No-Bad-DaysBy Don Nelson

You’ve heard the expression — when someone thinks you should calm down a bit, they might say “take a deep breath.”

Well, that’s not going to work.

While the major remaining fires affecting the Methow Valley seem not to be directly threatening inhabited areas, they are close enough to cause some discomfort — and health concerns for anyone who has respiratory challenges.

More problematically for the rest of us, the fires are daily pouring off thousands of acres worth of smoke that has hunkered down in the valley and lent a faintly charred aroma to our lives.

The blanket of smoke has produced some eerily lovely photography — of the sun during the day and as it dips below the horizon, and of the dinner plate-sized moon glowing with a strange orange or coppery hue as it rises. Tori Karpenko took another approach last weekend — he climbed to an 8,000-foot elevation vantage point on Crater Mountain and took a photo looking east toward the Methow. We liked it so much that we asked to use it on Page A1 this week as our panoramic picture across the top of the page.

Most of us, however, would rather be enjoying the sparkling blue skies that, as Tori’s photo demonstrates, are up there somewhere. Meanwhile, every day seems to threaten the triple-digit mark on the thermometer. And as of this writing, thunderstorms are in the forecast — and we know what they can bring.

But it’s been a summer full of perspective adjustments, and so for a few days the smoke might seem more tolerable than flames that are way too close.

Through all that, it’s been gratifying to see tourism activity in the valley — fortification for the belief that a lot of people will come here if they can because of the Methow’s many attractions, whatever the conditions.


Call holding

Dozens of you — maybe hundreds — have been heard from one way or another as to your unsatisfactory, frustrating and sometimes surreal experiences with AT&T cell phone service during the past several weeks.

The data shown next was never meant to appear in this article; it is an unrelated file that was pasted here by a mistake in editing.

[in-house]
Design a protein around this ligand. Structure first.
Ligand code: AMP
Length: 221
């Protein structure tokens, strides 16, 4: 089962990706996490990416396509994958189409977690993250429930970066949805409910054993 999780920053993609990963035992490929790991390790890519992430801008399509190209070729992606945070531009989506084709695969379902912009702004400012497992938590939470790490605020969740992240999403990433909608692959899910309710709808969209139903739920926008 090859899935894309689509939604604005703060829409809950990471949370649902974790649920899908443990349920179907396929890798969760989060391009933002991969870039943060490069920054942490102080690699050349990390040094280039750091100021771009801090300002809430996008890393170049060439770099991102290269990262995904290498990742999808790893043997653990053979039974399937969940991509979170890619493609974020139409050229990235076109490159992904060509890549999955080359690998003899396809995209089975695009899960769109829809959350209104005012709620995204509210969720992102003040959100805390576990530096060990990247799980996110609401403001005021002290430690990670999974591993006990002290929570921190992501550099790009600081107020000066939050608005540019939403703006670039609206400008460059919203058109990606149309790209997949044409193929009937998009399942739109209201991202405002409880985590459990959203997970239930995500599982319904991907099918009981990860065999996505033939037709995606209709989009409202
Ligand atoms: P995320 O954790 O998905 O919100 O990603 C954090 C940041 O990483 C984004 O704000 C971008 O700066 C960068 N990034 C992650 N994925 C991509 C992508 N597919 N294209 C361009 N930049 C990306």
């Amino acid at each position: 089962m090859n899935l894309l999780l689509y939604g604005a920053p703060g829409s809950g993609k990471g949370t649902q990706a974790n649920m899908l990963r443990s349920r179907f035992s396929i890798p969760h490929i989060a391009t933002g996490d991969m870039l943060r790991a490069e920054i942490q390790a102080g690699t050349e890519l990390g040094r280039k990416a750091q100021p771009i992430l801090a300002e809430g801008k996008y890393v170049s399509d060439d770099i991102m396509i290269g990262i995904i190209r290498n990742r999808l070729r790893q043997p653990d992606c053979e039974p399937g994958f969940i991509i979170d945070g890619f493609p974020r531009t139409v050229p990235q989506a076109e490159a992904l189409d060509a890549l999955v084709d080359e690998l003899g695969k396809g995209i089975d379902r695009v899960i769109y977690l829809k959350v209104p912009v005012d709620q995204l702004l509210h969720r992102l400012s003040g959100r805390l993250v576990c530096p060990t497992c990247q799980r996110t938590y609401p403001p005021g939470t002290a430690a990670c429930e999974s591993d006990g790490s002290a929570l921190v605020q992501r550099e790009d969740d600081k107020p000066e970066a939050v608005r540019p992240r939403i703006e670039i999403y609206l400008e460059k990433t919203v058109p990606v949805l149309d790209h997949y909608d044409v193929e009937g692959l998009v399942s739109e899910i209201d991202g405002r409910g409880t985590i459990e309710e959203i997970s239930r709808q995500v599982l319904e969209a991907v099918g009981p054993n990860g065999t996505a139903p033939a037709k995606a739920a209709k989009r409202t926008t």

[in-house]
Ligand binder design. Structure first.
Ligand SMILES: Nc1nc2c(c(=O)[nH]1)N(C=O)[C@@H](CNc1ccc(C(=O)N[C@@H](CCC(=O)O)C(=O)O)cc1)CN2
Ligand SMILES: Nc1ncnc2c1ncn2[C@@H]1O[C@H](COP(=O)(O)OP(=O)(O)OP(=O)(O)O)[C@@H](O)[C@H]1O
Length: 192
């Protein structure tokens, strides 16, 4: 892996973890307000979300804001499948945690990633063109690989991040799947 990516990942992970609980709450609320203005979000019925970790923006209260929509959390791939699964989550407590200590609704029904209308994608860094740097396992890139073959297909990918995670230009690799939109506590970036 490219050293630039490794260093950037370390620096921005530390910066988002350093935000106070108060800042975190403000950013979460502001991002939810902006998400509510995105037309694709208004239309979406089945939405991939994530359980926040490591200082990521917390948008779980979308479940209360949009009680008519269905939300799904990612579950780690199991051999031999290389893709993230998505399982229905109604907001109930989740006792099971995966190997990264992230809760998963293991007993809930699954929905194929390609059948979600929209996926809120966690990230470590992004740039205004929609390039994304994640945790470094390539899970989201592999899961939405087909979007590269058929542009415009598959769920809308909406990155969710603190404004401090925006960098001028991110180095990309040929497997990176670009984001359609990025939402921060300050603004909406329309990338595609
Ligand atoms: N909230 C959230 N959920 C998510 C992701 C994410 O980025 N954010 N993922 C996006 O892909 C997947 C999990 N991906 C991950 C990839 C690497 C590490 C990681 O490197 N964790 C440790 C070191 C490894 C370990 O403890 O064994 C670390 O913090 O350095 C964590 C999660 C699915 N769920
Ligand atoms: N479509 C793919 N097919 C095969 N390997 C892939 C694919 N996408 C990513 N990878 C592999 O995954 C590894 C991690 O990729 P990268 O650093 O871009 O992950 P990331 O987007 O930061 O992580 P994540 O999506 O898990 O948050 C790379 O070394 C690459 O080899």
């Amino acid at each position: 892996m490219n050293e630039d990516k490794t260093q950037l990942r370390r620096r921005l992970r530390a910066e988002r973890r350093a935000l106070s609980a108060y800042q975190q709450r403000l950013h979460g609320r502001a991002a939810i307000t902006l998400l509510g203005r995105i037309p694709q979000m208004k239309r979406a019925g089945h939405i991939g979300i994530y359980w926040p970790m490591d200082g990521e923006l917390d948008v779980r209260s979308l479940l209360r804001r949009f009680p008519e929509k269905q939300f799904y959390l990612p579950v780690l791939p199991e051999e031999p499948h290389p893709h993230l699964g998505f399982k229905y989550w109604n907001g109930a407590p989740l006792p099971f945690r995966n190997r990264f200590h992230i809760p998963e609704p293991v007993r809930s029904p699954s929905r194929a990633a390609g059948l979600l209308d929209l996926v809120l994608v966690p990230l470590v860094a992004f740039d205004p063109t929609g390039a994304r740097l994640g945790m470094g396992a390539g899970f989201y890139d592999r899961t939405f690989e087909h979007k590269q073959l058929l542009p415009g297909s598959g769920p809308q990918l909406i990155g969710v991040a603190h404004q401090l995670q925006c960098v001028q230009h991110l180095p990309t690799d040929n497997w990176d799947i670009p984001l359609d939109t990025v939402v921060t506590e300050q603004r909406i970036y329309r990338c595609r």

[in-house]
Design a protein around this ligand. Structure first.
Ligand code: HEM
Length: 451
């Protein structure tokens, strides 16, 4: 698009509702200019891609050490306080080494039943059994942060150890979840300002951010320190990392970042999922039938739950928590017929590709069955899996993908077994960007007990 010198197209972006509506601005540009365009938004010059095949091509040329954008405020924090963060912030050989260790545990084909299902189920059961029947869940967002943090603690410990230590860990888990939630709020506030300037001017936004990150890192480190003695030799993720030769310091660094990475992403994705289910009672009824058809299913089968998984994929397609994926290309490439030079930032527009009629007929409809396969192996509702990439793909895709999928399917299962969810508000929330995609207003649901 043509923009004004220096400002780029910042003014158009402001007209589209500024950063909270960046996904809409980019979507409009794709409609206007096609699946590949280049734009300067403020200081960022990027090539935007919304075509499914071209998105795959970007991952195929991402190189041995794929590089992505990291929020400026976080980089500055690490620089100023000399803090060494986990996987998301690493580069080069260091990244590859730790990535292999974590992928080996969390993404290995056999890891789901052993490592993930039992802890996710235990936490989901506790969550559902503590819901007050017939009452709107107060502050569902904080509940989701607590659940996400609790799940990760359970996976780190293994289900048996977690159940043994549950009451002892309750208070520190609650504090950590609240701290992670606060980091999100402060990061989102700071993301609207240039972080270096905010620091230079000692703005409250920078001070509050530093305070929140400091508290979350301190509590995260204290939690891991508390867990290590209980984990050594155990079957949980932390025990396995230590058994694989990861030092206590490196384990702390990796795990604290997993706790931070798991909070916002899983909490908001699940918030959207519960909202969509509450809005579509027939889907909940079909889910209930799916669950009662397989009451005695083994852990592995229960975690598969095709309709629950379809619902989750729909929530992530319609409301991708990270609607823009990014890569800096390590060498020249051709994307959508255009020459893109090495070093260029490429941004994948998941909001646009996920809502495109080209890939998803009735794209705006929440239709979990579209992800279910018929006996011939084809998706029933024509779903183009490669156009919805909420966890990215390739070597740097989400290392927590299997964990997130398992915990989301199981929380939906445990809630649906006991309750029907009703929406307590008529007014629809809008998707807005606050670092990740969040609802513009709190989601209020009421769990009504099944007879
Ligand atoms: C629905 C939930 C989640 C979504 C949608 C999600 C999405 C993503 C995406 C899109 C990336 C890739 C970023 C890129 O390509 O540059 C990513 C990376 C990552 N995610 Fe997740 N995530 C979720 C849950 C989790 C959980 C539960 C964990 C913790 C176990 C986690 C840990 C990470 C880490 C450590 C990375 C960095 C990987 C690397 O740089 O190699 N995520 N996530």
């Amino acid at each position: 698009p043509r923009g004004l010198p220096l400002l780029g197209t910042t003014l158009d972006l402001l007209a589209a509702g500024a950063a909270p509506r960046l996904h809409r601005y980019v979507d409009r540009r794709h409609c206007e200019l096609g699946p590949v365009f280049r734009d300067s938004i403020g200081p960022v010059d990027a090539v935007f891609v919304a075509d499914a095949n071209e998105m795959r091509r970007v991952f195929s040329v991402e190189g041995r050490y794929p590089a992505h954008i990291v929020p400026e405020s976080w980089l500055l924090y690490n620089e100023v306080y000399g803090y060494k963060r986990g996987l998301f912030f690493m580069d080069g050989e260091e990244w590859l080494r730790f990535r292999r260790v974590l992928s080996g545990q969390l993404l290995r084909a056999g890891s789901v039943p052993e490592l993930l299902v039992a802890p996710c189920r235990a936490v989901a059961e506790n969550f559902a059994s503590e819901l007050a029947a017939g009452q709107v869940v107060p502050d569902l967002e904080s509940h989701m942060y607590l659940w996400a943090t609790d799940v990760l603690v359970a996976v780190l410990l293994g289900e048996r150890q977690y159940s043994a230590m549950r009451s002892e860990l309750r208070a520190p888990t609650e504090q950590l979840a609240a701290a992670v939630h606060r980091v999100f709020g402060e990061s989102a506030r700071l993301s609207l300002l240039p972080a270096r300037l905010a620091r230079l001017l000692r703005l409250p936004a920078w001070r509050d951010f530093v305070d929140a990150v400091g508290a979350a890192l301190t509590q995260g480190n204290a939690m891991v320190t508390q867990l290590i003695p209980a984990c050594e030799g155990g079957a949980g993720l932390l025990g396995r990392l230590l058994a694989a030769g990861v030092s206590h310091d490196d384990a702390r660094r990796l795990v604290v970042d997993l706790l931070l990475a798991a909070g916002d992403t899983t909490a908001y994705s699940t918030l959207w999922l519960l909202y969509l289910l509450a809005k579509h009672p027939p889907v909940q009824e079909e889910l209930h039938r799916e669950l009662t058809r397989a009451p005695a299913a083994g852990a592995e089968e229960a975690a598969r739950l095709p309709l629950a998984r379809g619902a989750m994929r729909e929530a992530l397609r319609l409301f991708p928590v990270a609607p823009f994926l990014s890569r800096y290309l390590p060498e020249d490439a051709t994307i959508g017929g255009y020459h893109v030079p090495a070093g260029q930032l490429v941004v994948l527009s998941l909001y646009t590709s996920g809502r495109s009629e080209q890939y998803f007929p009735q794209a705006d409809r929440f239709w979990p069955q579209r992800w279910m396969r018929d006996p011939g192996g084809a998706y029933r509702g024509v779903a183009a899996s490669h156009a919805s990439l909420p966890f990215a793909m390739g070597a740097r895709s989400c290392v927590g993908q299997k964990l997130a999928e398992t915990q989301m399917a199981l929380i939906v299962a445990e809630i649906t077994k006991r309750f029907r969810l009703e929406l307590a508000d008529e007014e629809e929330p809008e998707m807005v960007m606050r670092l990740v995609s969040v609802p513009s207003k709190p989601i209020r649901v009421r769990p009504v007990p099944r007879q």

From my experience — and by way of full disclosure, I set aside my all-but-useless AT&T phone a couple of weeks ago and am happily adjusting to the superior service of Verizon — the universal conclusion of the valley’s AT&T customers (and many former customers) is that it has been missing in action, in some cases going from bad to worse to nonexistent.

Talk to any five, 10, or 20 people who have tried to deal with AT&T and you will hear a different customer-service-hell story from every one of them. We’ve been told that there is no service here (ironically, that was often true in the moment), that there have been no complaints, that there are no evident problems with the AT&T network here, or alternately that some other force is at work.

It’s not just that AT&T has been unresponsive. As a company, it has seemed remote and disinterested, turning a potentially solvable business disaster into an unmitigated public relations disaster. But hey, what’s a few hundred folks in the boondocks?

Aside from treating us dismissively, AT&T was part of a much more serious crisis in this valley: Lives were at stake, and communication was impossible for many of us. In our time of need, AT&T shrugged at us and told us there wasn’t a problem.

Some sort of conciliatory gesture from AT&T seems appropriate. And in fact, today as I was finishing this column, an AT&T service representative called me about “proactively” applying credit to my account. I gave him what I thought was some appropriate context and background.

Maybe AT&T is figuring out what it needs to do here, and the company should to that quickly. Otherwise, this might present the Harvard School of Business an opportunity to develop a case study on how to drive your customers into the arms of the competition.


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